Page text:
Biot's constant is used in many rock mechanics applications to evaluate different problems, therefore it is crucial to estimate it in the laboratory with reasonable experimental error. Three experimental methods are presented in this paper to evaluate the poroelastic factor of rock specimens. The first technique consists of determining matrix and bulk compressibilities using hydrostatic tests. The second technique involves hydrostatic and depletion tests performed on identical samples providing the poroelastic factor as a function of effective stress. The third technique involves constructing the failure envelope on samples with zero pore pressure and one triaxial test with pore pressure. The last two methods provide comparable results that do not require measurement of sample compressibilities. This paper discusses the detailed experimental procedures of proposed methods. Finally, these approaches are compared to the conventional method.
Poroelasticity plays a vital role in the application of rock mechanics in petroleum engineering such as reservoir engineering, wellbore stability, hydraulic fracturing, and production. Several methods have been introduced in the literature to evaluate the poroelastic factor, Biot constant (a). However, these methods have to measure or assume the grain compressibility, and this introduces an appreciable error to the calculation of the poroelastic factor. Additionally, these traditional methods rely on the fact that the sample porosity consists of 100 % interconnected pores, which is not a valid assumption in the majority of rock formations. Within the proximity of the wellbore, poroelasticity can be examined based on the effective stress concept introduced by Terzaghi (1936 and 1943) and Biot (1941). This concept suggests that pore pressure helps counteract the mechanical stress carried through grain-to-grain contact. The effect of pore pressure is measured by the poroelastic factor a; the relationship is:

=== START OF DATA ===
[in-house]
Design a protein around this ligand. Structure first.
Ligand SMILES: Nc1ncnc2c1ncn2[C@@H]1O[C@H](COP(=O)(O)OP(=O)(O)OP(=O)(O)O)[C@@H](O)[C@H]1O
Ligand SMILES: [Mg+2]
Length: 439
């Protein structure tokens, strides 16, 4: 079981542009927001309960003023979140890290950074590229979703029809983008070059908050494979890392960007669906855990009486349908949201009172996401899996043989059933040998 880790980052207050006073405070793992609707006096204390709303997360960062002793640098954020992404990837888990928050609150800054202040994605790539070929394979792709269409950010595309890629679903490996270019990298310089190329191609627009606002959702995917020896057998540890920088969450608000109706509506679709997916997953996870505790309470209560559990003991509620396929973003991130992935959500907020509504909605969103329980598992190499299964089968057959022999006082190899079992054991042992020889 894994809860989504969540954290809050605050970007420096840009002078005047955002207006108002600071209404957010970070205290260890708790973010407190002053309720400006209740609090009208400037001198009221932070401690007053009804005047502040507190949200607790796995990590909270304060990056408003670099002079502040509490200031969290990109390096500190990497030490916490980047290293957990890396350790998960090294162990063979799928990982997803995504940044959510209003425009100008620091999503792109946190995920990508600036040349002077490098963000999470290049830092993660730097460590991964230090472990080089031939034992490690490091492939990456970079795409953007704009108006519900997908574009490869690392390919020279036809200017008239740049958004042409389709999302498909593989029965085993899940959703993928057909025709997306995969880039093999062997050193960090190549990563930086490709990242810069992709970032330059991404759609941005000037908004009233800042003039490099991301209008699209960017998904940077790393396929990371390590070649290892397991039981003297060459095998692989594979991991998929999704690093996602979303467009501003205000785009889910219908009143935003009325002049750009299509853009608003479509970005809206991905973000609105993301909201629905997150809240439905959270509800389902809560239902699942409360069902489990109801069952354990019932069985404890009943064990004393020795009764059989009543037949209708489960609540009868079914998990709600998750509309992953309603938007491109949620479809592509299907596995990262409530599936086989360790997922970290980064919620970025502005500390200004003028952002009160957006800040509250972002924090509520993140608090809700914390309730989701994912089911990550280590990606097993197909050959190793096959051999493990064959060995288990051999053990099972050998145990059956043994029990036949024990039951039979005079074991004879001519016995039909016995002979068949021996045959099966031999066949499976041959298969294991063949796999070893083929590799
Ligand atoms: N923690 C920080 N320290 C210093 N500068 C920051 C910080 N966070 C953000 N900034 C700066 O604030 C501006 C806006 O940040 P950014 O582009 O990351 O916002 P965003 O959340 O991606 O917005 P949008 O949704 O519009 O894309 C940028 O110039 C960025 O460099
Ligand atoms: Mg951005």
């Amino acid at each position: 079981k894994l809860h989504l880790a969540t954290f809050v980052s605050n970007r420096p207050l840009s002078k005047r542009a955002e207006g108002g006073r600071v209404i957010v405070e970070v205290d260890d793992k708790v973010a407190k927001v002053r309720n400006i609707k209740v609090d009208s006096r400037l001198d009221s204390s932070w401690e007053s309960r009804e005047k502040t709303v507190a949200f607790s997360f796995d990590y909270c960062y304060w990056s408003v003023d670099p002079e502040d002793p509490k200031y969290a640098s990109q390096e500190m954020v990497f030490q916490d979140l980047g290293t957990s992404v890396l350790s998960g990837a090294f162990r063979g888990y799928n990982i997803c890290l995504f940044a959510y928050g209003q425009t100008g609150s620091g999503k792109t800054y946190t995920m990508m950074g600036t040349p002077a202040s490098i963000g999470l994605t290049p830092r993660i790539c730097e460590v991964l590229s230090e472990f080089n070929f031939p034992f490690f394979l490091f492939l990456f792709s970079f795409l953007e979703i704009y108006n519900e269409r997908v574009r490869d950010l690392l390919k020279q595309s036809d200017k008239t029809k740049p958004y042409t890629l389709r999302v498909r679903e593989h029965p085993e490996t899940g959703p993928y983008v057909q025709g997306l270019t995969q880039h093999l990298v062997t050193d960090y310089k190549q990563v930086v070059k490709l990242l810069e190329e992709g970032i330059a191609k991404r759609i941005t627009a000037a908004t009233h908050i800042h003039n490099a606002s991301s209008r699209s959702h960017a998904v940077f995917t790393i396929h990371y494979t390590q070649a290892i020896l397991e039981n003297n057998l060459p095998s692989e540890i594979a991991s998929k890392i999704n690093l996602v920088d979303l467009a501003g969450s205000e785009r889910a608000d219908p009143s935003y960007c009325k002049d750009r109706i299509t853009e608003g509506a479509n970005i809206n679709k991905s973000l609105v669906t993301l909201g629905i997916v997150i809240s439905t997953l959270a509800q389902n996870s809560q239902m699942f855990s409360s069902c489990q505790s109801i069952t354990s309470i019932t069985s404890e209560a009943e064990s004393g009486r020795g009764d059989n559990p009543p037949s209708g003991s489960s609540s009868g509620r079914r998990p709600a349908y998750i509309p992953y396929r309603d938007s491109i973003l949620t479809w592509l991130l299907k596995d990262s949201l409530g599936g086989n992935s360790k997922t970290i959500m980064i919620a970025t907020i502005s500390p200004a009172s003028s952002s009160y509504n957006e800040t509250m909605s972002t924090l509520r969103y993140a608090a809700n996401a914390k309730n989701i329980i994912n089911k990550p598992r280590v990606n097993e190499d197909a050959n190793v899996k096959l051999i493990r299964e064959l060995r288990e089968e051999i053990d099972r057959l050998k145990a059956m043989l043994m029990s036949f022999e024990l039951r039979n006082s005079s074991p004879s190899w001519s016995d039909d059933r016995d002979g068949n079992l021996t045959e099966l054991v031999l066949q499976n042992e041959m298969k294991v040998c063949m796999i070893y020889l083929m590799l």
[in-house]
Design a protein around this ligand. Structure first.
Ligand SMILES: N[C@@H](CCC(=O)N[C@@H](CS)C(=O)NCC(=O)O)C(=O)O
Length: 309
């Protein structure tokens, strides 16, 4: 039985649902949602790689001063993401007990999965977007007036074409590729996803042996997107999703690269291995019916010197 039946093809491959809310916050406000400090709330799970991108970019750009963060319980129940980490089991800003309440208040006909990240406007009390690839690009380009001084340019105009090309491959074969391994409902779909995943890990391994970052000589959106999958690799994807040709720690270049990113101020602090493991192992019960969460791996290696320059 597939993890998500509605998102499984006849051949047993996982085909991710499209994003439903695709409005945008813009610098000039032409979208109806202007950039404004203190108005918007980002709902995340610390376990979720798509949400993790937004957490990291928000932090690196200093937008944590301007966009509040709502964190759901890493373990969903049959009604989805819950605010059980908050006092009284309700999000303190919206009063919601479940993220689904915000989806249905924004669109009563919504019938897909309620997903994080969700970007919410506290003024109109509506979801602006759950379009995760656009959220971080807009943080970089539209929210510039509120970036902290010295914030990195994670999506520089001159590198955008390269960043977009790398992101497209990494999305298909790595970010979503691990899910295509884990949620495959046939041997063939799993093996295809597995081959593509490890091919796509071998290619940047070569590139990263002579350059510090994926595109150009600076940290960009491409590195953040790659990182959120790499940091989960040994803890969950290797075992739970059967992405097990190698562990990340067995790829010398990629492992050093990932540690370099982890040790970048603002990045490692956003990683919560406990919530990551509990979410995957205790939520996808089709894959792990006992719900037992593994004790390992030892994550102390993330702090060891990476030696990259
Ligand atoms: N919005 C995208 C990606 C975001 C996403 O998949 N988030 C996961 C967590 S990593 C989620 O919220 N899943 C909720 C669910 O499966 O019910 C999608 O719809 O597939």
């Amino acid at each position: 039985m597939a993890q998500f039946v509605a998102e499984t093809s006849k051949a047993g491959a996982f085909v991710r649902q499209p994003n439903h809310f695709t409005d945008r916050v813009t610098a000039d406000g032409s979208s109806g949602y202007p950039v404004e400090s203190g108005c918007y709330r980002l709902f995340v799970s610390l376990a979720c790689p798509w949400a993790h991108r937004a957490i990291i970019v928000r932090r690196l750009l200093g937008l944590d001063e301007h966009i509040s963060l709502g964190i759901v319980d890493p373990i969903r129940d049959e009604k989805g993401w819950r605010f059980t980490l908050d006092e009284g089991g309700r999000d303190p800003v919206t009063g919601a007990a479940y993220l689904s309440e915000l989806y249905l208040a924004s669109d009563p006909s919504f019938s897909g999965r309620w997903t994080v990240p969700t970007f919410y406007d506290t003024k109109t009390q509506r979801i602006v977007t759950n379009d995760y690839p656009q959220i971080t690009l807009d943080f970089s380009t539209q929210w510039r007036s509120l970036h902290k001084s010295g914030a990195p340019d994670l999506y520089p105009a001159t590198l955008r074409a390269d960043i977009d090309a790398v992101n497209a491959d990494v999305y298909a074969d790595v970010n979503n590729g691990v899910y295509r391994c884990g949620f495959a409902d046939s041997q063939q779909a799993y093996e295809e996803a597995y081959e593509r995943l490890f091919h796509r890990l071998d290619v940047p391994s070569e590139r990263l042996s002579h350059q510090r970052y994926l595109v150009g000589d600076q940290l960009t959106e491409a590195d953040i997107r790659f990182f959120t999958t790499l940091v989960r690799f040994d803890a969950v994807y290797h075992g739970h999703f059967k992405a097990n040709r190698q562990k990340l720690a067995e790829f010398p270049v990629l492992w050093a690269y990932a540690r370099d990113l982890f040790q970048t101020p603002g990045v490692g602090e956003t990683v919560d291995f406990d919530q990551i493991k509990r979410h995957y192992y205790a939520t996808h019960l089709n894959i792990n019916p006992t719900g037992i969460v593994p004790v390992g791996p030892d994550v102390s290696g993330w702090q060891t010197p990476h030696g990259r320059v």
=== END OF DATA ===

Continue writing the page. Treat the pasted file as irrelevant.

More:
[Equation available in full paper] (1)
where ó?is the effective stress, ó is the total (absolute) stress, and Pr is the reservoir pressure.
The poroelasticonstant is:
[Equation available in full paper] (2),
with the bulk compressibility Cb given by:
[Equation available in full paper] (3)
If the rock has no porosity, the matrix compressibility, Cma, is equal to Cb, and á becomes zero. Conversely, with high porosity, the matrix compressibility is small compared to the bulk compressibility, and a approaches unity. Hence, when á =0 the deformation is completely consumed by the grains, as is the case in nonporous media, however when á =l the skeleton is much more compressible than the constitutive grains, as can be assumed in soil mechanics. Therefore the Biot's coefficient is a characteristic of the porous media.